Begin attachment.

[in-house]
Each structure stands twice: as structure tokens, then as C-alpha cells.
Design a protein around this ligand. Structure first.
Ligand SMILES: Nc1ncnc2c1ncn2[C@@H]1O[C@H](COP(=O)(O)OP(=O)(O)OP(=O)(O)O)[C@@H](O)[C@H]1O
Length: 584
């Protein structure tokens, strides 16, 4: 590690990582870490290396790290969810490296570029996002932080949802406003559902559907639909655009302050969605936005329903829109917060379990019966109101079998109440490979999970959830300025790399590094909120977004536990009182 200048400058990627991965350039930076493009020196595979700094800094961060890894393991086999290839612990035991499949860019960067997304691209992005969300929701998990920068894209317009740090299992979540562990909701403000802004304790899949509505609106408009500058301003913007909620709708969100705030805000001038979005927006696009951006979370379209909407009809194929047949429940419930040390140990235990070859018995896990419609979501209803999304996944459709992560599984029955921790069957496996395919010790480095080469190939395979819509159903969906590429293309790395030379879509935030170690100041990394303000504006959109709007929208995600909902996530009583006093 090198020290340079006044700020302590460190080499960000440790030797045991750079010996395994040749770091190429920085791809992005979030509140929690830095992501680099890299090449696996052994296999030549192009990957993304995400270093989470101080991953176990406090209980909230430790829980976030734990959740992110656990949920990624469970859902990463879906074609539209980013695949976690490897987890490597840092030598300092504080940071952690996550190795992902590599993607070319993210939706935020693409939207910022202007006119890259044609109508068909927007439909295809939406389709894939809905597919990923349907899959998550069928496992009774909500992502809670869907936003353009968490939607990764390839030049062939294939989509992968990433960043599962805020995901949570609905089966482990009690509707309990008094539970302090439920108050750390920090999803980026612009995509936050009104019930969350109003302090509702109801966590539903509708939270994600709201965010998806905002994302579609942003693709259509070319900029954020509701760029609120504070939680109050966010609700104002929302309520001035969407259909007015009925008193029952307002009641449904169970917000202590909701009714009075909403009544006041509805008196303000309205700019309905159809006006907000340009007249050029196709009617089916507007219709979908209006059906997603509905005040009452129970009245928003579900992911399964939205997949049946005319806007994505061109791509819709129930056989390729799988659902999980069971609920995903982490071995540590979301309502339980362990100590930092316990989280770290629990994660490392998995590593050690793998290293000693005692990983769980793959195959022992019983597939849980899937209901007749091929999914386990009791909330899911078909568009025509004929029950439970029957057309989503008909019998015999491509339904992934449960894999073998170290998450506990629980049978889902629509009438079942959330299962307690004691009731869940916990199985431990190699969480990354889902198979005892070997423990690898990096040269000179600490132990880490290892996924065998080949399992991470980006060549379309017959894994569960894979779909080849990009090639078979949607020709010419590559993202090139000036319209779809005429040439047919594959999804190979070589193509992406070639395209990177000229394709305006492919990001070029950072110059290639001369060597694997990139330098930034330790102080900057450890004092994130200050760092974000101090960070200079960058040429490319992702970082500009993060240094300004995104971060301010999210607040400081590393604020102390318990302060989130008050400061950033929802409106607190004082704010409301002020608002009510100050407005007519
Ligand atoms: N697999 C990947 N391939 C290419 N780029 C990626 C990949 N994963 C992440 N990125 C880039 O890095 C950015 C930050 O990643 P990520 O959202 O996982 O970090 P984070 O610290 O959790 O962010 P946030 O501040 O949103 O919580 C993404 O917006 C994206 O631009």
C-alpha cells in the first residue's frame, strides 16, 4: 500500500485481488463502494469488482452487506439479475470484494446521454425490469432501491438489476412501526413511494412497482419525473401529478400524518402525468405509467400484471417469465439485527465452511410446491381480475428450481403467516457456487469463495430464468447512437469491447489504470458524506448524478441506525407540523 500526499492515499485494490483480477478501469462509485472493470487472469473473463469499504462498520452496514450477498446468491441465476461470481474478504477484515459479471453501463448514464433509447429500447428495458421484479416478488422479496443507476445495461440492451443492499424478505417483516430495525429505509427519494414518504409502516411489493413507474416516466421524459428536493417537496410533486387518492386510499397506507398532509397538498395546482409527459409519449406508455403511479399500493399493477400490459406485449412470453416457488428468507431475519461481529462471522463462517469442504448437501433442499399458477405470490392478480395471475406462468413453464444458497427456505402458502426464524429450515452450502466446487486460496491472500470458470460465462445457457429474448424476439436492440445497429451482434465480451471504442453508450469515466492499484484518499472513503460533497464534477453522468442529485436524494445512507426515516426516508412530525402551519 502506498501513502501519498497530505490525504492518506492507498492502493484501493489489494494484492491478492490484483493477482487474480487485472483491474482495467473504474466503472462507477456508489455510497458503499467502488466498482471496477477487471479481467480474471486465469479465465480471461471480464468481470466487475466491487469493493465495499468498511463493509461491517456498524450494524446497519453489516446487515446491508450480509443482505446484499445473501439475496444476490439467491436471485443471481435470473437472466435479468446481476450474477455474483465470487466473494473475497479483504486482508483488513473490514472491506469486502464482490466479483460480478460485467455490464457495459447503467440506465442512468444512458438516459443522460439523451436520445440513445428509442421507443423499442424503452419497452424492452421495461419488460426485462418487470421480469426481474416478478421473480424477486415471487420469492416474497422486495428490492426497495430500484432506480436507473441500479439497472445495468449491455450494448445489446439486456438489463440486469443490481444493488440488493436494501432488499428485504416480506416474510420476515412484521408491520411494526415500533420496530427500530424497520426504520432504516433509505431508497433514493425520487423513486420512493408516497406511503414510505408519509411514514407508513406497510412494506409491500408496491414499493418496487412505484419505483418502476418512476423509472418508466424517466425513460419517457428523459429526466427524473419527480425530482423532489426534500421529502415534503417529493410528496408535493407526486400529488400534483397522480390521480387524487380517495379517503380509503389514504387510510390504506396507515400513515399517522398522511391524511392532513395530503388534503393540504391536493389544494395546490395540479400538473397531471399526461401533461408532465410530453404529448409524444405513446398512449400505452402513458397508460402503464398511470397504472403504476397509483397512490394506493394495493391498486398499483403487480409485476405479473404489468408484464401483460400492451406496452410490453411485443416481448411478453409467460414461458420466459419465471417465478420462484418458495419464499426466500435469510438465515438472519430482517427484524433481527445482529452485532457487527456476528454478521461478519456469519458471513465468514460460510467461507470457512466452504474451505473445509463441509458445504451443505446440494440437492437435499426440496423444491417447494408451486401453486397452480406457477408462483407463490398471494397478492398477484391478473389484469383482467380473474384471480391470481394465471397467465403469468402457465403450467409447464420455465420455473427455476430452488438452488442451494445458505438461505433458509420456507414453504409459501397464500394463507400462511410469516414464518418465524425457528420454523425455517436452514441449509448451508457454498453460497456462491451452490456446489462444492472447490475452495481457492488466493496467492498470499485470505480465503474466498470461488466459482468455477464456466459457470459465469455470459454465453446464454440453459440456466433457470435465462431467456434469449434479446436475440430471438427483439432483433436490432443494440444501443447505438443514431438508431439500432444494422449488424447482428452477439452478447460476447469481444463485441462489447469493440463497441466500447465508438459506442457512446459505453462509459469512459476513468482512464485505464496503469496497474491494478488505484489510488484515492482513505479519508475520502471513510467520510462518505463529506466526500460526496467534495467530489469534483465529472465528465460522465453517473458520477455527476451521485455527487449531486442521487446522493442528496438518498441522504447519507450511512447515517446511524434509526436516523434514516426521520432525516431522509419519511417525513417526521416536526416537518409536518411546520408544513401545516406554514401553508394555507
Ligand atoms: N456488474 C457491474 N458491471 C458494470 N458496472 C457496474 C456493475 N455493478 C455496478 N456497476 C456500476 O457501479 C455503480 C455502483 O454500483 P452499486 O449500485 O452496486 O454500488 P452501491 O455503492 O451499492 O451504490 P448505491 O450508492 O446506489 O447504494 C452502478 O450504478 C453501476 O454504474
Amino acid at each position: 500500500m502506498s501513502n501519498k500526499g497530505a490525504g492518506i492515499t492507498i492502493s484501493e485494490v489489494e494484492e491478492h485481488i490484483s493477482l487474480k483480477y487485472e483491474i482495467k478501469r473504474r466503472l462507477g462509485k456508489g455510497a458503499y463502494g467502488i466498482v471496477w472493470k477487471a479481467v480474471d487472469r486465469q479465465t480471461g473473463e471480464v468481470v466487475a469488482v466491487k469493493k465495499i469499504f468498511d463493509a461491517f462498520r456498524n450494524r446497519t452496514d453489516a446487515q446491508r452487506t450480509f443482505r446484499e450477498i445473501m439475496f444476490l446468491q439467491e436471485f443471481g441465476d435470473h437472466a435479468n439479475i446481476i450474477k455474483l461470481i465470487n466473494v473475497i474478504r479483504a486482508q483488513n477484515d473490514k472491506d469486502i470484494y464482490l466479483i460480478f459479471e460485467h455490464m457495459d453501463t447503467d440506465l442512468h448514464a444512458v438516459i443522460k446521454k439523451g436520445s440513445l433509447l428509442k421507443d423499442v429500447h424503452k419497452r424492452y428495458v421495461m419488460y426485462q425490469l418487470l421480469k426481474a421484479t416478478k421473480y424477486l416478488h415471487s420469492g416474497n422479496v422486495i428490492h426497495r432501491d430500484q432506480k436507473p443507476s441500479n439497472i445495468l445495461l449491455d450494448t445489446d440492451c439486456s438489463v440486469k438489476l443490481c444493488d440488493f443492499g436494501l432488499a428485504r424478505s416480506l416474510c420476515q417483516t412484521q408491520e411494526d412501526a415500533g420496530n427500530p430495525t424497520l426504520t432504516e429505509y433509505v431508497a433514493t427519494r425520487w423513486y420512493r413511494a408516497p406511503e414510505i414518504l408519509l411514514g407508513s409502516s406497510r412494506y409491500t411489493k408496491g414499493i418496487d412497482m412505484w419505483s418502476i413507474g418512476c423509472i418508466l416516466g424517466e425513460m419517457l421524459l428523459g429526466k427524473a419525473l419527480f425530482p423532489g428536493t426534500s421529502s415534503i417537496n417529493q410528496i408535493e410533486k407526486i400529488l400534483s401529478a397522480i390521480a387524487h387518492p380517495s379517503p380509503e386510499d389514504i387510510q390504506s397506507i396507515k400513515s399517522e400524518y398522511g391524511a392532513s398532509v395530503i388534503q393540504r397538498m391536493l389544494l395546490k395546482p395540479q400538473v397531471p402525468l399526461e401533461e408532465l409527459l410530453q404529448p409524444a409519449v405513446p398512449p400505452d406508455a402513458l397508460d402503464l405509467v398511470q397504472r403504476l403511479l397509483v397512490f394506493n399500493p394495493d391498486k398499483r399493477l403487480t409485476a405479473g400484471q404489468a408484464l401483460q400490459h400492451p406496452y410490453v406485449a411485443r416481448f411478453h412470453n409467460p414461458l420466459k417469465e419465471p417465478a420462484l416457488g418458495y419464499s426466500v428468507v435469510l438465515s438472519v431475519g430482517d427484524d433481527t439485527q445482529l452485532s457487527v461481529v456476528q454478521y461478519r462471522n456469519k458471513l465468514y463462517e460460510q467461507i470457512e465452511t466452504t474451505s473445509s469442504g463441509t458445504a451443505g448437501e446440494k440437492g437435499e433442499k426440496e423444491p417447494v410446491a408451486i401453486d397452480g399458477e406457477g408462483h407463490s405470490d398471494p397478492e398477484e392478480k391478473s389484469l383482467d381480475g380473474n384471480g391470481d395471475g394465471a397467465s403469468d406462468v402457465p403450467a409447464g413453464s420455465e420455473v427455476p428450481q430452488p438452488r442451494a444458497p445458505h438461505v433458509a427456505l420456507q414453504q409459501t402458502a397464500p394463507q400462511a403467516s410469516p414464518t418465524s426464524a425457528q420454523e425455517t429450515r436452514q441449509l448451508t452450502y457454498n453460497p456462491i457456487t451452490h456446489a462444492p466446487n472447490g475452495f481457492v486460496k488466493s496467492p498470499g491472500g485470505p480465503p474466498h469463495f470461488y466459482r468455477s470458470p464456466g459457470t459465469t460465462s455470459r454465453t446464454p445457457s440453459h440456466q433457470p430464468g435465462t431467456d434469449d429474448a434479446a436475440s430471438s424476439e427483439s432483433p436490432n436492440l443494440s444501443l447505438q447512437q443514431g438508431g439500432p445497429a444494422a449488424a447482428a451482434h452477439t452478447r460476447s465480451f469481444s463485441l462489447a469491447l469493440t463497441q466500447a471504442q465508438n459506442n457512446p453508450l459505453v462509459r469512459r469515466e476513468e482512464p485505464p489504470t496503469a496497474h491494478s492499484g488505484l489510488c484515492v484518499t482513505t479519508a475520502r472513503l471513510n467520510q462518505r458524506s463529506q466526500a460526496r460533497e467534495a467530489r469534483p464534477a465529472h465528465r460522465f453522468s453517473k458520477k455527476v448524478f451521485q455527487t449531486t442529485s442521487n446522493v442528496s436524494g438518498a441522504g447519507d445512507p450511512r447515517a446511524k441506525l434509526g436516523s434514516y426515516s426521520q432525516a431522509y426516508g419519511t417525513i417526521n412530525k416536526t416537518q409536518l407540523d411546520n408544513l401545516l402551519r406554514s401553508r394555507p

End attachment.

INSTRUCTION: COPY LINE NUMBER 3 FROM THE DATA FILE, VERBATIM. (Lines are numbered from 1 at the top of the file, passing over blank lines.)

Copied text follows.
Design a protein around this ligand. Structure first.